In a single ipv6/32 there are 65,536 possible ipv6/48s. Since an ipv6/48 is the “normal maximum” assignment we may rationally compare this to an ipv4/24 (I draw this comparison mostly because in the ISP networks I have worked on we typically made our first aggregation at the ipv4/24 line and it appears that the ipv6/48 will similarly be the city or PoP level aggregate of choice). To have 65,536 ipv4/24s at your disposal you would need an ipv4/8 assigned to your organization. There are only 256 unique ipv4/8s possible and (as mentioned above) there are about 4.2 billion ipv6/32s, making the difference a factor of 16,777,216. Quite a bit larger than the 4,096 we get comparing minimum allocations but still a very far cry from 7.9 × 10^28. We face a familiar problem again here though, an ipv6/48 contains roughly a septillion (1.209 x 10^24) individual addresses while an ipv4/24 holds only 256. Before moving on I would like to point out that while an IPv4 allocation that large may sound ridiculous; ipv4/8s were handed out in the early days of IPv4 much more freely than you might assume given today’s problem with scarcity. In fact, 41 out of the 256 total ipv4/8s are designated in full to a non-RIR organization; that adds up to 16% of all IPv4 addresses.
Leaving minimum allocations behind, let’s get down to the smallest subnetworks. An ipv4/30 contains just two usable IP addresses but (because of NAT) can represent an entire customer LAN on an ISP network. The IPv6 prefix which represents a single LAN segment is an ipv6/64. There are a possible total 1,073,741,824 (roughly 1 billion) ipv4/30s and 1.84467441 × 10^19 ipv6/64s. That’s about 17 billion (17,179,869,200 to be more exact) times more IPv6 than IPv4 when measured this way.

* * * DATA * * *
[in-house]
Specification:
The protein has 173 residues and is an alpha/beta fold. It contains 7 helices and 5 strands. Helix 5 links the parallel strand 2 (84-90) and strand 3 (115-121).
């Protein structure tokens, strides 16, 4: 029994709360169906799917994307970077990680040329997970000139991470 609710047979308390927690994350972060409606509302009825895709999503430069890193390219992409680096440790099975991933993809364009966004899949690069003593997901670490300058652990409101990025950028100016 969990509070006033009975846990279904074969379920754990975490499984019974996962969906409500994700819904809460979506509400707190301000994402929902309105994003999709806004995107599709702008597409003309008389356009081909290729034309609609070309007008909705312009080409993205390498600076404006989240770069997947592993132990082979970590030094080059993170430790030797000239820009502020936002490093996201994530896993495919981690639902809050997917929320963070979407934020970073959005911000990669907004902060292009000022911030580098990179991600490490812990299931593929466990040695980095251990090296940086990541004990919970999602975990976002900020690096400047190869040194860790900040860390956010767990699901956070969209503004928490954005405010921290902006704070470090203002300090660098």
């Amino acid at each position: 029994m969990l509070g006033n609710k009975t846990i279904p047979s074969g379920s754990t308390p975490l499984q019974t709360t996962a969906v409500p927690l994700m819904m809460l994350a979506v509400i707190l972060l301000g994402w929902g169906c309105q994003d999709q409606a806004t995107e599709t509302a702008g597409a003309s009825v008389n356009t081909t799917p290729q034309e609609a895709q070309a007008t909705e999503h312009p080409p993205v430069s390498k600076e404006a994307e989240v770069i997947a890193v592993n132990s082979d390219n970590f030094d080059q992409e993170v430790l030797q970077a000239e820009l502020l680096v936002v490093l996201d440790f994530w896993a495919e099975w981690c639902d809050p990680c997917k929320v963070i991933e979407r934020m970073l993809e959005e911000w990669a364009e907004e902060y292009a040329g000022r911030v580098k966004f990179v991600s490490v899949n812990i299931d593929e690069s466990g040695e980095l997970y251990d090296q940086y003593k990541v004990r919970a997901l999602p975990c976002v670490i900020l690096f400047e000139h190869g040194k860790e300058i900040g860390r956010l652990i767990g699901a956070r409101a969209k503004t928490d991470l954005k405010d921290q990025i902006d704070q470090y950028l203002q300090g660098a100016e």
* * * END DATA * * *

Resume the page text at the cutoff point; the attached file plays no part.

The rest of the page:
Finally there are the RIR utilization definitions. With IPv4, utilization requirements are based on individual IPv4 addresses (ipv4/32s), while IPv6 utilization requirements most commonly refer to /56 networks (ipv6/56). The maximum possible number of ipv4/32s is 4,294,967,296 or roughly 4.2 billion. The maximum possible number of unique ipv6/56s is 7.2057594 × 10^16. Some simple division here tells me that using this method of comparison, the size difference between IPv6 and IPv4 stands at a factor of 16,777,216; the same number we came up with when comparing ipv4/24s to ipv6/48s.
So, while there may be well over an octillion times more individual IPv6 addresses than there are IPv4 addresses; in terms of actually usability, IPv6 is only somewhere in the range of 16 million to 17 billion times larger than IPv4. Much larger, yes; infinite, no.
UPDATE: Check out my related post on IP vs MAC address space if this sort of thing interests you!